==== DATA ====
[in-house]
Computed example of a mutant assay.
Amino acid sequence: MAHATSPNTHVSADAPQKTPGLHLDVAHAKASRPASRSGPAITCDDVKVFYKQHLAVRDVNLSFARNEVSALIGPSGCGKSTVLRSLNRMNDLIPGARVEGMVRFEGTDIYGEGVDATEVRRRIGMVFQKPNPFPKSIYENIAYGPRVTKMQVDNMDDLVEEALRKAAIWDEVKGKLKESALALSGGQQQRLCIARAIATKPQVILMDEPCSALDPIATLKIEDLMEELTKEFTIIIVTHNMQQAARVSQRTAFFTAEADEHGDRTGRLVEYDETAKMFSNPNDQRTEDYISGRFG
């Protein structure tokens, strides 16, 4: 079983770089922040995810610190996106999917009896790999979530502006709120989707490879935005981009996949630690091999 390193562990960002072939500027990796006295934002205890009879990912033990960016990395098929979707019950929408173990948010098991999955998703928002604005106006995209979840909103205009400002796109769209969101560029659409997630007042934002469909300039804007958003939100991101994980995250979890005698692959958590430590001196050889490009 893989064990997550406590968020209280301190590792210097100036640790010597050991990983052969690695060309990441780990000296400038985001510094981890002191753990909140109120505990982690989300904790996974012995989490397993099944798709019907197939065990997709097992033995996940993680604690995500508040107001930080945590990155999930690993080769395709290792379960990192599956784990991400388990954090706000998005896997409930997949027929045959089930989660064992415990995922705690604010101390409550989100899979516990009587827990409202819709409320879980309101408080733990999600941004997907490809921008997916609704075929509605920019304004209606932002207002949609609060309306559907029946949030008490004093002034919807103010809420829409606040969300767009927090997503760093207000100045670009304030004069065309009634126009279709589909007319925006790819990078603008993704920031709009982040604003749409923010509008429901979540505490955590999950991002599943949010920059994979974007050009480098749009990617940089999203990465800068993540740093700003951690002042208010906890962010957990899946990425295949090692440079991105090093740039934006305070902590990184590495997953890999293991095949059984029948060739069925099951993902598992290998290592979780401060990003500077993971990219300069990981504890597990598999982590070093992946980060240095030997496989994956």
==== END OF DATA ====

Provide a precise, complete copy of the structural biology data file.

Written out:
[in-house]
Computed example of a mutant assay.
Amino acid sequence: MAHATSPNTHVSADAPQKTPGLHLDVAHAKASRPASRSGPAITCDDVKVFYKQHLAVRDVNLSFARNEVSALIGPSGCGKSTVLRSLNRMNDLIPGARVEGMVRFEGTDIYGEGVDATEVRRRIGMVFQKPNPFPKSIYENIAYGPRVTKMQVDNMDDLVEEALRKAAIWDEVKGKLKESALALSGGQQQRLCIARAIATKPQVILMDEPCSALDPIATLKIEDLMEELTKEFTIIIVTHNMQQAARVSQRTAFFTAEADEHGDRTGRLVEYDETAKMFSNPNDQRTEDYISGRFG
């Protein structure tokens, strides 16, 4: 079983770089922040995810610190996106999917009896790999979530502006709120989707490879935005981009996949630690091999 390193562990960002072939500027990796006295934002205890009879990912033990960016990395098929979707019950929408173990948010098991999955998703928002604005106006995209979840909103205009400002796109769209969101560029659409997630007042934002469909300039804007958003939100991101994980995250979890005698692959958590430590001196050889490009 893989064990997550406590968020209280301190590792210097100036640790010597050991990983052969690695060309990441780990000296400038985001510094981890002191753990909140109120505990982690989300904790996974012995989490397993099944798709019907197939065990997709097992033995996940993680604690995500508040107001930080945590990155999930690993080769395709290792379960990192599956784990991400388990954090706000998005896997409930997949027929045959089930989660064992415990995922705690604010101390409550989100899979516990009587827990409202819709409320879980309101408080733990999600941004997907490809921008997916609704075929509605920019304004209606932002207002949609609060309306559907029946949030008490004093002034919807103010809420829409606040969300767009927090997503760093207000100045670009304030004069065309009634126009279709589909007319925006790819990078603008993704920031709009982040604003749409923010509008429901979540505490955590999950991002599943949010920059994979974007050009480098749009990617940089999203990465800068993540740093700003951690002042208010906890962010957990899946990425295949090692440079991105090093740039934006305070902590990184590495997953890999293991095949059984029948060739069925099951993902598992290998290592979780401060990003500077993971990219300069990981504890597990598999982590070093992946980060240095030997496989994956």